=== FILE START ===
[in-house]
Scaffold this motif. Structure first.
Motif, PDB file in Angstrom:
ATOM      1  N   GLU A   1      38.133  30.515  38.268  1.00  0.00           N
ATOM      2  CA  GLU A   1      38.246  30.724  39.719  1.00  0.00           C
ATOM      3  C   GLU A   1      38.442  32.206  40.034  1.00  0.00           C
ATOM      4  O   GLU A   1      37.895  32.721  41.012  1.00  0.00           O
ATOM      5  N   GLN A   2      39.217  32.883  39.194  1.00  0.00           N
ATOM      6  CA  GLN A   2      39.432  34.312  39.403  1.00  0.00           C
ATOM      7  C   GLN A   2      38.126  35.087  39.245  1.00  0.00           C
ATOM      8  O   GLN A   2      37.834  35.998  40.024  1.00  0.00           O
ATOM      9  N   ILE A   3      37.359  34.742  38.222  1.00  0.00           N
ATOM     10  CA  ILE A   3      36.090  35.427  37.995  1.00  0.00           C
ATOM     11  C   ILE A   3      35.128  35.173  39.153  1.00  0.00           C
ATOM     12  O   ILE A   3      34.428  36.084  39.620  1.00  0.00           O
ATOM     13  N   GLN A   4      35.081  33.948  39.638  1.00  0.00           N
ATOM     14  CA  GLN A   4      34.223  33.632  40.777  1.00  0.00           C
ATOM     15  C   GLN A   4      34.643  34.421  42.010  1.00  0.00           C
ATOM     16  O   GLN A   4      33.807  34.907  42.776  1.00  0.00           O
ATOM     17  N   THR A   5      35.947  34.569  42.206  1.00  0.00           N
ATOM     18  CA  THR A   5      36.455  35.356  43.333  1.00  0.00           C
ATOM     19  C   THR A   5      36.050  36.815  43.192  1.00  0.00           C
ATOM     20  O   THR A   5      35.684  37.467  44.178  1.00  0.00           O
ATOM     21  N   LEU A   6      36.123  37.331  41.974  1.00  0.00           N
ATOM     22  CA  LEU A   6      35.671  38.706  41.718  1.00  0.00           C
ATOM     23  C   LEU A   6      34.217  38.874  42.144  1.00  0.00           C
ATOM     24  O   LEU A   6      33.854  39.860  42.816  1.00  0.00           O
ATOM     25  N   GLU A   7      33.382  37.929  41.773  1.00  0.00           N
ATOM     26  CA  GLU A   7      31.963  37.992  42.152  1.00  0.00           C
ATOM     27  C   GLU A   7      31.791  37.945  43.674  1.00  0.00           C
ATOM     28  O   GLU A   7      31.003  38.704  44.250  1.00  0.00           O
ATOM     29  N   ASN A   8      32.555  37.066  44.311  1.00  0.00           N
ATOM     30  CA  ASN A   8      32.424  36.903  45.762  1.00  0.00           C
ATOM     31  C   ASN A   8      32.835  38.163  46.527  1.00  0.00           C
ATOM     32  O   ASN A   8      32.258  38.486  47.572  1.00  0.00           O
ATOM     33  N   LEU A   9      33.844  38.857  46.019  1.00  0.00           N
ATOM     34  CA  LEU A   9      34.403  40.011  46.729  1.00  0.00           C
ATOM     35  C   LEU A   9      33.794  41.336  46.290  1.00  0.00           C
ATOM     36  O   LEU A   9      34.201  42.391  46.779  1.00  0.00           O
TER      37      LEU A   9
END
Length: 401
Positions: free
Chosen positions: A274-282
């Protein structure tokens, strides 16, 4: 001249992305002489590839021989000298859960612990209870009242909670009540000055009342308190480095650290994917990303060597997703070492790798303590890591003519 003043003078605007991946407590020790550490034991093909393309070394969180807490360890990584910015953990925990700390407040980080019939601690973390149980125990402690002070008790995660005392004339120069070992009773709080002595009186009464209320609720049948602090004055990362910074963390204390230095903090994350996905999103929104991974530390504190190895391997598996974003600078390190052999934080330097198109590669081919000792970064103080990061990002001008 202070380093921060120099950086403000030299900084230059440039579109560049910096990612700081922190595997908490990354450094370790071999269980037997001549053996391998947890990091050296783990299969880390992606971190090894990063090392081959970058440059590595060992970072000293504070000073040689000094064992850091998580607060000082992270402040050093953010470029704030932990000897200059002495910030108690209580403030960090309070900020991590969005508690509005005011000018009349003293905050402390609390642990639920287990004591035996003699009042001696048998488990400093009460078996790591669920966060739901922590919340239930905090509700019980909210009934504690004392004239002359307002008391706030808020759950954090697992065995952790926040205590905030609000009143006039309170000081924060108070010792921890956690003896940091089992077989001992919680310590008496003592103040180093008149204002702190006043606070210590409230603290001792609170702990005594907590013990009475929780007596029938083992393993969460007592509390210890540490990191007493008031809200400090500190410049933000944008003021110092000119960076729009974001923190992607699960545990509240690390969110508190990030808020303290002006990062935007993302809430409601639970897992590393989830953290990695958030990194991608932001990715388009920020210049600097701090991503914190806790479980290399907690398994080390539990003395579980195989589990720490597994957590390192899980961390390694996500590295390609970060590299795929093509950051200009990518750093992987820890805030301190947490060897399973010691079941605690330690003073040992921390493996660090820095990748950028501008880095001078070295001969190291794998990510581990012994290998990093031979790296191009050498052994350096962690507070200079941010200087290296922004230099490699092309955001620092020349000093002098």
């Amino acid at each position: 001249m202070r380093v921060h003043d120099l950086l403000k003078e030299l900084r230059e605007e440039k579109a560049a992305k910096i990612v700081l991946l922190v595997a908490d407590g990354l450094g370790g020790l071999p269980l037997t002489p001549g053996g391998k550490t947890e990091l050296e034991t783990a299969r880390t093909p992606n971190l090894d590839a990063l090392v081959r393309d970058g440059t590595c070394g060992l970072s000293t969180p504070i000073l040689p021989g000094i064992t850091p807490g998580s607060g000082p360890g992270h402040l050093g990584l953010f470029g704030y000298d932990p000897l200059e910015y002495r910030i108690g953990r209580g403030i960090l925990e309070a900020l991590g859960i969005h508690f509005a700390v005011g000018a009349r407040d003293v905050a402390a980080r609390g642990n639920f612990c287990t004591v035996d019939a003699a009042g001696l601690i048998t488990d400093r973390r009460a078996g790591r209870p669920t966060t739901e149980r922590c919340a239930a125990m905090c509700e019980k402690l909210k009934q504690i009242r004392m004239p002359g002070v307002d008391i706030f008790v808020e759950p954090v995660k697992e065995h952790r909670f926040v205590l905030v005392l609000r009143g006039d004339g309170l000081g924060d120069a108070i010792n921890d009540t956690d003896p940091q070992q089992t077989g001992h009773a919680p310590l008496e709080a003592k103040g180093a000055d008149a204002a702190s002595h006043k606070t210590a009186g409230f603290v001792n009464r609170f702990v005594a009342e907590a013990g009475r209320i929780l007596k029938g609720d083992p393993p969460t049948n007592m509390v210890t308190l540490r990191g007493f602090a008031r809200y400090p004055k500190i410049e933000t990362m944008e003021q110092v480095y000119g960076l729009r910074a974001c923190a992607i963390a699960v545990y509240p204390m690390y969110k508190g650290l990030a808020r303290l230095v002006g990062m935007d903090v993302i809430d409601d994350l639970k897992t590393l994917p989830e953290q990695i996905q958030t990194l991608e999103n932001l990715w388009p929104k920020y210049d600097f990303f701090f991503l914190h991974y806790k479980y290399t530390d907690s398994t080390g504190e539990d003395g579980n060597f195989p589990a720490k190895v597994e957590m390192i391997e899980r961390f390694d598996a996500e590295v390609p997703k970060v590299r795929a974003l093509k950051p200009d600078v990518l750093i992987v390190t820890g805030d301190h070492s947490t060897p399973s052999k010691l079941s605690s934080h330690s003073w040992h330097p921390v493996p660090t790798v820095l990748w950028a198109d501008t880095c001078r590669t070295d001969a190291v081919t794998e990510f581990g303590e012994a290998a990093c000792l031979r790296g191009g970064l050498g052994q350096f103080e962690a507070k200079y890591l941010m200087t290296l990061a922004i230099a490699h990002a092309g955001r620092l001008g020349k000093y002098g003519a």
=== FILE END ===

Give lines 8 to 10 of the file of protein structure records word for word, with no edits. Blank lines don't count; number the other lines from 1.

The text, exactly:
ATOM      5  N   GLN A   2      39.217  32.883  39.194  1.00  0.00           N
ATOM      6  CA  GLN A   2      39.432  34.312  39.403  1.00  0.00           C
ATOM      7  C   GLN A   2      38.126  35.087  39.245  1.00  0.00           C